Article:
Office Pool Culture: March Madness By the Numbers

Business people throwing dice on conference room table
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Everyone loves a good bracket. There's some uniquely human about making a list, pitting the items on it against each other, and sequentially, systematically coming up with a winner. We like to think that there's something scientific behind the idea of "best," that Team X can be proven categorically superior to Team Y--that our favorite things are better than your favorite things--and the tournament bracket gives us that thrill in its purest form.

While the idea of the bracket isn't strictlylimited to March Madness, it is undeniably its ne plus ultra popularity-wise. According to a CareerBuilder survey, one in five workers said they've participated in a March Madness office pool in the past; 11 percent said they plan to this year. The survey also covered who's placing the bets, and which industries are the most bracket-happy. Did yours come out on top? Let's take a look.

Graphic: Mack Gelber

Place your bets
Who likes to bracket? Men like to bracket. Twenty-six percent of men have participated in March Madness office pools, as opposed to just 13 percent of women. Where are these men, you ask? Well, they're probably not in Oregon. The Northeast led the pack with 23 percent of participating workers, with the Midwest hot on its heels with 22 percent. The South also gave a respectable showing, with 19 percent of workers hitting the pools, while the West, where only 15 percent of polled workers participated, never would've made it to the semifinals.

These are mainly younger men, Millennials--fantasy sports-types between 25 and 34 who enjoy "surfing the interwebs" and posting "selfies" on the "Twitters." They formed 22 percent of the workers taking part in office pools, and we're not just talking about the interns and coffee gofers. Upper management got in on the action too; directors, managers and team leaders were the most likely to place a wager, with 24 percent taking part in March Madness pools.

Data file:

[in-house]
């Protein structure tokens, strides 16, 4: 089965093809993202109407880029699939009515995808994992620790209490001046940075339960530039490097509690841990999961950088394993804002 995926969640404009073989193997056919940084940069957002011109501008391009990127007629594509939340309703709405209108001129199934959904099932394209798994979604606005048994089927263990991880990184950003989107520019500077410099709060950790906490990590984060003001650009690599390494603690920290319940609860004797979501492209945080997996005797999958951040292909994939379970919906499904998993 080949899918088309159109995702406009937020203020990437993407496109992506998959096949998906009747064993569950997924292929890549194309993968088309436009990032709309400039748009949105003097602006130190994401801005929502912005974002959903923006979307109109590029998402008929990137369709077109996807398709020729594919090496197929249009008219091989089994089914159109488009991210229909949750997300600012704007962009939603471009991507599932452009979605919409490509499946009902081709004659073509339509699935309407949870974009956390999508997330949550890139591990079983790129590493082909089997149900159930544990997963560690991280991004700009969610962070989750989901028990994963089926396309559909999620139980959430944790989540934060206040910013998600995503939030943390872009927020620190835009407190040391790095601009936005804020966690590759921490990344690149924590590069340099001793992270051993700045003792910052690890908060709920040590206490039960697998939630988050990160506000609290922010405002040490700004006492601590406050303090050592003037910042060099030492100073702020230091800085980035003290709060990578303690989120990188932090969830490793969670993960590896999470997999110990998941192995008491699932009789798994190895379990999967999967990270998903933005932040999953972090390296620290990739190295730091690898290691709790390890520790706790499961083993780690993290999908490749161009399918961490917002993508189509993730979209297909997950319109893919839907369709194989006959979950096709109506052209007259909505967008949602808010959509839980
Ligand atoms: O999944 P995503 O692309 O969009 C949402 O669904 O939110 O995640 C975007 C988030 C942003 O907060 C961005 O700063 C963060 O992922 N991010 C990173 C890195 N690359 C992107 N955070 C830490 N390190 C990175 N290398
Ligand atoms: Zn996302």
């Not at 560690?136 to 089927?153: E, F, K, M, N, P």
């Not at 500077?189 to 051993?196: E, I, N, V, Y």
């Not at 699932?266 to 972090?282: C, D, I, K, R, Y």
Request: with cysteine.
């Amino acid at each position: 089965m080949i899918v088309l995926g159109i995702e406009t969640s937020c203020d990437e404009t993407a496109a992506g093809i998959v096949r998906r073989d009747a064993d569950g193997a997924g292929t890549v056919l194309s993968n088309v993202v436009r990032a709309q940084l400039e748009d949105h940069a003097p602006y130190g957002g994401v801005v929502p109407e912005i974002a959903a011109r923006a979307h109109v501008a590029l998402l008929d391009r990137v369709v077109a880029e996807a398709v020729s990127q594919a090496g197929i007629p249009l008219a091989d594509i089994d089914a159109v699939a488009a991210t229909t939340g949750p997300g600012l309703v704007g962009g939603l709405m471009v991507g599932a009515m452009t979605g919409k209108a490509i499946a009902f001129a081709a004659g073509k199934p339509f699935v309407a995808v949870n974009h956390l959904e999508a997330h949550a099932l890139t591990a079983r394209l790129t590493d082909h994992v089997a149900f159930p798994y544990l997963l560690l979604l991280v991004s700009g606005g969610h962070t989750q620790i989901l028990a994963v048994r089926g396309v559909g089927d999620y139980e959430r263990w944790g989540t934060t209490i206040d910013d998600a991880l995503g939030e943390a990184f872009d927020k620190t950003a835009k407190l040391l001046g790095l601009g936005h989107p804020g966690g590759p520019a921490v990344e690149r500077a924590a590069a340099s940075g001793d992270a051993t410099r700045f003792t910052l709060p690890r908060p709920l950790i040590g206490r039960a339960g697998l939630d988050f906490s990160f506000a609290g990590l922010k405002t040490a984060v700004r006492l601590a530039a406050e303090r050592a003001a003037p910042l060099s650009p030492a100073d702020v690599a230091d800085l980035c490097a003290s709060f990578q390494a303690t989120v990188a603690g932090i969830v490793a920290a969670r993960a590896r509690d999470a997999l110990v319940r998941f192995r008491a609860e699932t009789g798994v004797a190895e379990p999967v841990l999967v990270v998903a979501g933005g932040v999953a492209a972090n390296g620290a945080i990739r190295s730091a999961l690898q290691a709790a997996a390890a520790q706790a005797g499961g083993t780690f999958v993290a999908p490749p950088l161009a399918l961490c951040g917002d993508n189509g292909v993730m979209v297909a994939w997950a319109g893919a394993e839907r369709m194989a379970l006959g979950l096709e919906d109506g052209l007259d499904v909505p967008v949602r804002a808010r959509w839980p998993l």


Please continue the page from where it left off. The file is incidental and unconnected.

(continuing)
Entry level, on the other hand, barely made a dent--only 14 percent. Maybe they simply lack the capital. Those paid to the tune of six-plus figures proved far more likely to put their money on the line (33 percent), compared with the 18 percent who earn less than $100,000 annually. When you set that alongside the 25 percent earning $50k or more, and the 14 percent earning less than that, you're looking at a betting pool made up of Lamborghini drivers and those on their way to owning one.

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Get back to work
So, we know that office bracket participants consist primarily of rich, authority-wielding bros from Connecticut and New Jersey. But that doesn't tell us which industries they work in. Surprise! Most of them (31 percent) are in financial services. Sales (30 percent) and IT (29 percent) rounded out the top three, while healthcare workers (17 percent) apparently had something more important to do. Check out this helpful infographic, and see where your industry ranked.

Graphic: Mack Gelber
As stated above, tournament brackets need not be limited to the world of college basketball. People can and will apply them to everything from candy to favorite Muppets, and some of the office pools out there are even more bizarre. Are workers betting on who can raise the best-looking Chia Pet? Affirmative. Are they betting on when one co-worker will change his shirt after wearing it for 11 consecutive days? Yes. Yes they are.

For every office wager you'd expect (how many electoral votes presidential candidates will receive) there's one that skews uncomfortably personal (how long a boss's marriage will last) or provides a study in office sexism (how many times a supervisor will call a female direct report "girl" in one day). Our favorite had workers betting on how many times a plant manager coughed during a meeting, indicating that he was lying. That's a dangerous game, all right.

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re you in a March Madness office pool this year?

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